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How To Protect Your Privacy On iPhone


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How To Protect Your Privacy On iPhone


You might also be interested in our privacy tips for Android.

Follow these easy steps to protect the personal data on your iPhone or iPad.

1. Lock your device with a passcode longer than 4 digits.

Let’s start off with the entry point to your phone — the passcode.

A custom one will give you the choice of alphanumeric characters and the ability to make it longer than the usual 4 characters.

How: Settings > Touch ID & Passcode > Change Passcode > Passcode Options


2. Enable “Erase Data” to delete data after 10 failed passcode attempts.

In the unlikely event your phone is stolen, you can reduce the risk of your data getting in the wrong hands by setting it to delete everything after 10 failed passcode attempts.

How: Settings > Touch ID & Passcode > Erase Data


3. Don’t show notifications in the lock screen for sensitive apps.

Even if your phone is not stolen, your private messages could be seen by others as notifications on the lock screen.

These notifications can be turned on or off for each app.

How: Settings > Notifications > [app name] > Show on Lock Screen


4. Turn off “Share My Location.”

Your phone goes everywhere with you and shares that information with family and friends.

Turning this off will protect your location data should your family and friends’ devices ever get into the wrong hands.

How: Settings > Privacy > Location Services > Share My Location


5. Turn off location services for things that don't need them.

Sometimes apps seem excessively hungry for our data, including location.

You can switch off their access to your location one by one.

You should also check access granted to built-in services that may be unnecessary.

How: Settings > Privacy > Location Services (> optionally System Services)


6. Turn off access to sensitive data for apps that don’t need it.

Similarly, you can restrict access to your most private data from apps that don’t need it, for example access to your contacts, calendar, photos, etc.

How: Settings > Privacy > Contacts, etc.


7. Review your installed apps.

To further reduce your exposure to privacy leaks, take a few moments to check every app on your device and remove any you no longer use.

How: Long-press any app icon on the home screen. Alternatively, Settings > General > Storage & iCloud Usage > Manage Storage


8. Turn off read receipts so people are not notified when you see their messages.

This is more a personal preference, but you may not want senders to see when you have read their message.

How: Settings > Messages > Send Read Receipts


9. Turn on “Limit ad tracking”.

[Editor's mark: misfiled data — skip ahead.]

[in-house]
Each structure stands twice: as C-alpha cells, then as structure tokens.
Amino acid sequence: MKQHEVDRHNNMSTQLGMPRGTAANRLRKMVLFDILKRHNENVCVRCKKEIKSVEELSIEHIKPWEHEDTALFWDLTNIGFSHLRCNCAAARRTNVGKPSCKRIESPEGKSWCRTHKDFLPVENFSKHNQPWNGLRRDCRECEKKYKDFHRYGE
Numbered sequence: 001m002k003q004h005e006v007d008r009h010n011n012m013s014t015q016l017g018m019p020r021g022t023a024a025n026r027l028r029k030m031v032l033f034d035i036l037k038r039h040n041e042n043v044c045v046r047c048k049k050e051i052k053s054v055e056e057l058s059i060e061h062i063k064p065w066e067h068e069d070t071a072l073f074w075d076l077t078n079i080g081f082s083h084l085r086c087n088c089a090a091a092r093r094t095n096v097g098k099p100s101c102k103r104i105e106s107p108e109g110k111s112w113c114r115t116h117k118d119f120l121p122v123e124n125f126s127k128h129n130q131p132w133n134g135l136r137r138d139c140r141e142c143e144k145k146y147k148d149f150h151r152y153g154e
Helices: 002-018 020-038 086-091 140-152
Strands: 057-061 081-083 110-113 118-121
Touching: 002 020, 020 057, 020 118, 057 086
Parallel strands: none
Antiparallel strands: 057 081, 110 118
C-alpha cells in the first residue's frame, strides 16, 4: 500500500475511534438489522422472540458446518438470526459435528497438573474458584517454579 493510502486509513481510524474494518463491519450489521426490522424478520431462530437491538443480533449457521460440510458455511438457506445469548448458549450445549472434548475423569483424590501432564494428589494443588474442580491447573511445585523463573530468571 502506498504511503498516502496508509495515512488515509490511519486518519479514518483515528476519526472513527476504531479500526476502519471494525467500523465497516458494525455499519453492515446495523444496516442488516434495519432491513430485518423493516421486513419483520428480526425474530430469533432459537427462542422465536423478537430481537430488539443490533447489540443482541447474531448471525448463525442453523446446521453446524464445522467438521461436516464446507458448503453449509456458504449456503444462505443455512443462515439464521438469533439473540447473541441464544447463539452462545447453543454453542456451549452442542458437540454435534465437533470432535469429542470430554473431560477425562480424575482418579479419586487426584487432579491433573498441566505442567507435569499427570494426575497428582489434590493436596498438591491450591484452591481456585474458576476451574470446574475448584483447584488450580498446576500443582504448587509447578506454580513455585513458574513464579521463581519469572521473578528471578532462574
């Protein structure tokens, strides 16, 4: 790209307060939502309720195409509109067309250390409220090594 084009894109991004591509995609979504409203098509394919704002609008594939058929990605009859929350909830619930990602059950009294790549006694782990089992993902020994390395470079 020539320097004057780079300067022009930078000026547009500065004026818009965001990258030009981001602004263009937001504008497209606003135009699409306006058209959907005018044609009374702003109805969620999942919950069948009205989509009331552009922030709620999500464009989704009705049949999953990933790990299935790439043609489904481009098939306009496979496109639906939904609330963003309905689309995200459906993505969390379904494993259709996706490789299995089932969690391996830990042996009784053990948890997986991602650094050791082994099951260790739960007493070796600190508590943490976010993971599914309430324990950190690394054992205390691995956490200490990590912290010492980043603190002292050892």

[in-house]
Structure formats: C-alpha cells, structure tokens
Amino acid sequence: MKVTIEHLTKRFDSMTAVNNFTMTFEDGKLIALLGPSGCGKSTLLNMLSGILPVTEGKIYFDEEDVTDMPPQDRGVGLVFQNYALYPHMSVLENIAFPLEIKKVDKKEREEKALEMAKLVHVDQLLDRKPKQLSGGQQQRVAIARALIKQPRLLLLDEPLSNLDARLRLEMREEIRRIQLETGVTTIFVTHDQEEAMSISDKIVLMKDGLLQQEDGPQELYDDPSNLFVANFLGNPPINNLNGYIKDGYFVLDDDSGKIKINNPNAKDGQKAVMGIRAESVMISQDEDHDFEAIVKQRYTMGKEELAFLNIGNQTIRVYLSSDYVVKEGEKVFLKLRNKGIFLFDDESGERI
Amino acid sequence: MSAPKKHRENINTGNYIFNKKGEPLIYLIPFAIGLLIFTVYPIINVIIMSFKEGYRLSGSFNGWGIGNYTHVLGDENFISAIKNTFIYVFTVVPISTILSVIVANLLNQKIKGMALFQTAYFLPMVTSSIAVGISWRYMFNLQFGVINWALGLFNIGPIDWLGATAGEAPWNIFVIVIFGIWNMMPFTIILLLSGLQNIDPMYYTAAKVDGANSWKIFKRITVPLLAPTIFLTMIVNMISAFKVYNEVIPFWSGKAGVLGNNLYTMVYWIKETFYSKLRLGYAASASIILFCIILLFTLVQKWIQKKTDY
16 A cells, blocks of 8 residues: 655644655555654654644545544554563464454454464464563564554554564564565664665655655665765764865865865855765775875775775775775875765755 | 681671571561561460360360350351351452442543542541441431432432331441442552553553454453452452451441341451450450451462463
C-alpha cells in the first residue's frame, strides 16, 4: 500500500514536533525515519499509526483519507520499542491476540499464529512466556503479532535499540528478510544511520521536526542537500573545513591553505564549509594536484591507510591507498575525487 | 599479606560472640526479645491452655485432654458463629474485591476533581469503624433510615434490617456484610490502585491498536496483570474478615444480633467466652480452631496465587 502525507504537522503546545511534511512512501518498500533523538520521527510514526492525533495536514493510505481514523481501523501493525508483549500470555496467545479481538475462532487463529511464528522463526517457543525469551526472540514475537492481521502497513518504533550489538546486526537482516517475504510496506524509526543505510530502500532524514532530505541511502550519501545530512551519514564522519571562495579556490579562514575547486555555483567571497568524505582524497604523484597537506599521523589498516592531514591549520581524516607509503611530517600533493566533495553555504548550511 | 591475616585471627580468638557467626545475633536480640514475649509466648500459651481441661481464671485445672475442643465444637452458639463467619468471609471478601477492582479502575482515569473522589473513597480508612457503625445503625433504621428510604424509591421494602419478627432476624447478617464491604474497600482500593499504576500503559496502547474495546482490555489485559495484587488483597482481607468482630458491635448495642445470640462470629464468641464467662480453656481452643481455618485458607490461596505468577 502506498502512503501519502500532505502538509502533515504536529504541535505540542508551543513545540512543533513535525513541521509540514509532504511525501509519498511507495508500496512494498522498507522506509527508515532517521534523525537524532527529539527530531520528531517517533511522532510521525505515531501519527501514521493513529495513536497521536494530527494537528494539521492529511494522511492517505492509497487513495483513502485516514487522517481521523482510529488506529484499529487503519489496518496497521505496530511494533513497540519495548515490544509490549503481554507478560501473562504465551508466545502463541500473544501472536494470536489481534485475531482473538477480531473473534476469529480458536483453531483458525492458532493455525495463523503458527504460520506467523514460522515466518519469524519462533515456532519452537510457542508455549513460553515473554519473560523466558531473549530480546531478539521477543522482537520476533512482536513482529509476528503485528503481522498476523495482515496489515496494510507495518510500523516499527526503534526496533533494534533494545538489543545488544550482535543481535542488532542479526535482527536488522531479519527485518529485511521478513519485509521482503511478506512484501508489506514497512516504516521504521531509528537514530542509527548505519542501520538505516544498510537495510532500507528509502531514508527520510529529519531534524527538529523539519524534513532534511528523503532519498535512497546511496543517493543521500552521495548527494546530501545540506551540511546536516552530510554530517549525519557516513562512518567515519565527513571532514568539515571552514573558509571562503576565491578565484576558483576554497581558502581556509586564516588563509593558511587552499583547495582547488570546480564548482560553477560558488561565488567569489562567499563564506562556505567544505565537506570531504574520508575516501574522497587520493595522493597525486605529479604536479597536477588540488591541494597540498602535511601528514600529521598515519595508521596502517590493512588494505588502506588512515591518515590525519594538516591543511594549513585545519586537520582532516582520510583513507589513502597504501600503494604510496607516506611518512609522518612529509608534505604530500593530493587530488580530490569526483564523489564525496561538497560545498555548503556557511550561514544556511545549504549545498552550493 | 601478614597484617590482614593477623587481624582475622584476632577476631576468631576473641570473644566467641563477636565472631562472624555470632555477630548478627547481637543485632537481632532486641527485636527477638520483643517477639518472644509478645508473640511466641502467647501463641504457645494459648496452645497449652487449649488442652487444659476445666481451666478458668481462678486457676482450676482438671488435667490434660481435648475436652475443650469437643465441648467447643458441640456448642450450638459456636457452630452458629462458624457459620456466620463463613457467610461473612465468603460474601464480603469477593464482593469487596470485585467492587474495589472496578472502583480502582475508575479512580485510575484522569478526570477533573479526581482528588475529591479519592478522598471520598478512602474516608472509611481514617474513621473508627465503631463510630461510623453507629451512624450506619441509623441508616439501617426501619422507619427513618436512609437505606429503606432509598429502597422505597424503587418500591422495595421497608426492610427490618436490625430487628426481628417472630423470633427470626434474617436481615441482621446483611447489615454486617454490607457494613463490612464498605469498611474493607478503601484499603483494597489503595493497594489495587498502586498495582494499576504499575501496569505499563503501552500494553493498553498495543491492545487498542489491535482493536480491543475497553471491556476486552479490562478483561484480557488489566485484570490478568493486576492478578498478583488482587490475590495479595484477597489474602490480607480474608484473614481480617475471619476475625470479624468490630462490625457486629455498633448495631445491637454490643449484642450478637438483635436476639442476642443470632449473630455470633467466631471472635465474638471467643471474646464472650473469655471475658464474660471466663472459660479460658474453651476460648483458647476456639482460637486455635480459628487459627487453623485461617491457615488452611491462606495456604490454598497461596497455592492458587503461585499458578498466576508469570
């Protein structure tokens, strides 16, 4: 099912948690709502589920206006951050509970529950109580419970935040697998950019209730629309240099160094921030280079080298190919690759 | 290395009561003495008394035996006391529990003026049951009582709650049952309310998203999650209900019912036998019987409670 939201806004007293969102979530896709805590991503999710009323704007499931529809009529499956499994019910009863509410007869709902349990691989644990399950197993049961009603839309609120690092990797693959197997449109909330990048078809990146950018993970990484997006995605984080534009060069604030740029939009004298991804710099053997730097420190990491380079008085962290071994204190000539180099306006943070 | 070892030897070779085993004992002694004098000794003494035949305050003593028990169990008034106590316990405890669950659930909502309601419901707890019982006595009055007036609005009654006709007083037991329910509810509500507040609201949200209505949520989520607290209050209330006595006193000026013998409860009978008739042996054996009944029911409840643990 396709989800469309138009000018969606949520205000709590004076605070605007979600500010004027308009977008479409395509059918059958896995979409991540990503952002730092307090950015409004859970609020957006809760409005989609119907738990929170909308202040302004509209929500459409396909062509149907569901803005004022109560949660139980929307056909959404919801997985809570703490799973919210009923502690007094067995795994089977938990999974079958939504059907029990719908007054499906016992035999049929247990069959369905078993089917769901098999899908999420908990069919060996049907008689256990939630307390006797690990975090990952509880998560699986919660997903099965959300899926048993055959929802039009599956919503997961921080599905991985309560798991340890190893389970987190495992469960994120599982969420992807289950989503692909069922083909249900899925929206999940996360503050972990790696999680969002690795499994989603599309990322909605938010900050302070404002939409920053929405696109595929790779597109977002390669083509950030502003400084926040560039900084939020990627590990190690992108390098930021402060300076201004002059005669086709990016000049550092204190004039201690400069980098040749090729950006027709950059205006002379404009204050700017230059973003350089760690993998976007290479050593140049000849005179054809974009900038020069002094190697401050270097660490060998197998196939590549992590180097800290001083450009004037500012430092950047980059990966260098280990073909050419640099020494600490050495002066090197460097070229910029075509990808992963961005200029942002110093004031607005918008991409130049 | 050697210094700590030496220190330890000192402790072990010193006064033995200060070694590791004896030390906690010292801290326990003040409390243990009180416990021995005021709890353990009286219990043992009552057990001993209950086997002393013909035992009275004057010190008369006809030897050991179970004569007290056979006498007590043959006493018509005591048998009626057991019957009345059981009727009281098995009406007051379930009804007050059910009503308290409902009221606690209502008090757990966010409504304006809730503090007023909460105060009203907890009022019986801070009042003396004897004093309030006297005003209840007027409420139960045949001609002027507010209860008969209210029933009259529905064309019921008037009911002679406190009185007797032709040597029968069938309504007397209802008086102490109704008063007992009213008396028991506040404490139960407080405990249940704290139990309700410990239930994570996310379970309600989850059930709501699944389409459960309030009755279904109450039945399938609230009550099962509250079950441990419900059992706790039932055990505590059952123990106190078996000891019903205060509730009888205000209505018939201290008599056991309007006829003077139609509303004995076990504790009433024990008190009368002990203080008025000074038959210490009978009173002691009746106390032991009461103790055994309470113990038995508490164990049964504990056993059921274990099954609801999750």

Ad tracking is used by advertising networks to target ads at you in apps.

Limiting this restricts tracking of ads across apps.

How: Settings > Privacy > Advertising


10.From time-to-time, reset your advertising identifier.

The above “Limit ad tracking” setting relies on the honesty of app developers.

You can add an extra layer of privacy protection by resetting the ad identifier for your device.
How: Settings > Privacy > Advertising > Reset Advertising Identifier


11. Set DuckDuckGo as your default search engine.

DuckDuckGo is the non-tracking search engine that doesn’t collect or share your personal information.

How: For Safari go to Settings > Safari > Search Engine > DuckDuckGo. For other mobile browsers see our help pages.


12. Install the DuckDuckGo Privacy Browser.

Our mobile app has built-in tracker network blocking, smarter encryption, and, of course, private search, all designed to operate seamlessly together while you search and browse the web.

How: Get the app from




You’ve just taken a big step to increasing mobile privacy and protecting the data on your iPhone or iPad.

You might also be interested in our privacy tips for Android.

? You can also download a printable PDF of all these tips.





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You can have absolute privacy on any phone....just never turn it on.  Once you turn it on you have no privacy.  And I am not trying to be facetious, that is the honest truth.  But then how many times have you heard people speaking on their phones in public like they were in a private cocoon that no one outside of it could hear.  I love to just stare at those people and act like I am listening intently to every word and watch them get angry.  If people cared about their privacy they wouldn't use phones in public where they can be intercepted so easily, even with a tiny device no bigger than an old flip phone that I carry in a cell phone pouch on my waist that records their passwords and data without any action on my part other than just walking around.

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You may use any tools and techniques as soon as you are connected to the Internet, you will no longer be alone. Everything is public.
Of course, nobody will listen to you and nobody will care about with who you are talking about.
Quite important is the density of calls and their changes. Where does the call come from and where it goes.
Only then, when somebody suspected something, "they" will begin to listen to your calls and watch videos, stored by your phone. Many probably do not know that their phone saves both a picture and sound, if necessary, and you can not stop it in any way.
True, the only way is just throw the phone into the sea.

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